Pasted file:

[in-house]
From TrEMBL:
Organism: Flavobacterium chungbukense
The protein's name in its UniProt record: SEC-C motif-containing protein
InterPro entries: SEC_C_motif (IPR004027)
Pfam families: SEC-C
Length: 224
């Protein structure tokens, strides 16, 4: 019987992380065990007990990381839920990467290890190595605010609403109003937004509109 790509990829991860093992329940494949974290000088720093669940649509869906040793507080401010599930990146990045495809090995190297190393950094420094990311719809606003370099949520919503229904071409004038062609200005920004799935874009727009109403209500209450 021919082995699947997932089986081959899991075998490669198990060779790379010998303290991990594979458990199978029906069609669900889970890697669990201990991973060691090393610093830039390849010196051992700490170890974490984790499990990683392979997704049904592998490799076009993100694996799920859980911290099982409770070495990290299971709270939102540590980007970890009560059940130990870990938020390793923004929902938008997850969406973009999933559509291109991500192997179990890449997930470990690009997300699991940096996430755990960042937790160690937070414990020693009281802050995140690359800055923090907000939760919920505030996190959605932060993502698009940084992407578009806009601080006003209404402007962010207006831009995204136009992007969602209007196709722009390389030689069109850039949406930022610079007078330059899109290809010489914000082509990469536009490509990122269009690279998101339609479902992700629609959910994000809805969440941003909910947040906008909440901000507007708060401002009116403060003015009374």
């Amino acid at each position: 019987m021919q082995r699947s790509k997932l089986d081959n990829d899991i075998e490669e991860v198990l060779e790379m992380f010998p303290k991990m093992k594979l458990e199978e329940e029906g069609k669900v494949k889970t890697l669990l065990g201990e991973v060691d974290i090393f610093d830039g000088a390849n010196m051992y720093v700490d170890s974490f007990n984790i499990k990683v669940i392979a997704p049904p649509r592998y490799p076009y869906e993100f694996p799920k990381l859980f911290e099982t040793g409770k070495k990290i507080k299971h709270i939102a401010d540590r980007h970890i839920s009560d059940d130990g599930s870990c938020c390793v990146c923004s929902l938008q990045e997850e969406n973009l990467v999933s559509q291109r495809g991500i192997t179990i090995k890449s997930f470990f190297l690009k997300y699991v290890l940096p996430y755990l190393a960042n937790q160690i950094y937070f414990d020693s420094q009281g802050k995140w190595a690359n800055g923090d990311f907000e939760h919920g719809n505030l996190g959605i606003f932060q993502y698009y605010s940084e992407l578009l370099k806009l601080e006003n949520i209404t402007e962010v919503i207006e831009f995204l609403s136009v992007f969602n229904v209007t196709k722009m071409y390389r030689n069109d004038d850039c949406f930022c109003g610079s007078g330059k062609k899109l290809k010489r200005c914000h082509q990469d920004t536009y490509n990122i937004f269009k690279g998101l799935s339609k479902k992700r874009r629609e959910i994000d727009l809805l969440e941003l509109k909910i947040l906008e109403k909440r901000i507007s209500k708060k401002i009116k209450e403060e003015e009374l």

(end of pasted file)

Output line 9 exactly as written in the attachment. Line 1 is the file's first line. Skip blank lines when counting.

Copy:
């Amino acid at each position: 019987m021919q082995r699947s790509k997932l089986d081959n990829d899991i075998e490669e991860v198990l060779e790379m992380f010998p303290k991990m093992k594979l458990e199978e329940e029906g069609k669900v494949k889970t890697l669990l065990g201990e991973v060691d974290i090393f610093d830039g000088a390849n010196m051992y720093v700490d170890s974490f007990n984790i499990k990683v669940i392979a997704p049904p649509r592998y490799p076009y869906e993100f694996p799920k990381l859980f911290e099982t040793g409770k070495k990290i507080k299971h709270i939102a401010d540590r980007h970890i839920s009560d059940d130990g599930s870990c938020c390793v990146c923004s929902l938008q990045e997850e969406n973009l990467v999933s559509q291109r495809g991500i192997t179990i090995k890449s997930f470990f190297l690009k997300y699991v290890l940096p996430y755990l190393a960042n937790q160690i950094y937070f414990d020693s420094q009281g802050k995140w190595a690359n800055g923090d990311f907000e939760h919920g719809n505030l996190g959605i606003f932060q993502y698009y605010s940084e992407l578009l370099k806009l601080e006003n949520i209404t402007e962010v919503i207006e831009f995204l609403s136009v992007f969602n229904v209007t196709k722009m071409y390389r030689n069109d004038d850039c949406f930022c109003g610079s007078g330059k062609k899109l290809k010489r200005c914000h082509q990469d920004t536009y490509n990122i937004f269009k690279g998101l799935s339609k479902k992700r874009r629609e959910i994000d727009l809805l969440e941003l509109k909910i947040l906008e109403k909440r901000i507007s209500k708060k401002i009116k209450e403060e003015e009374l």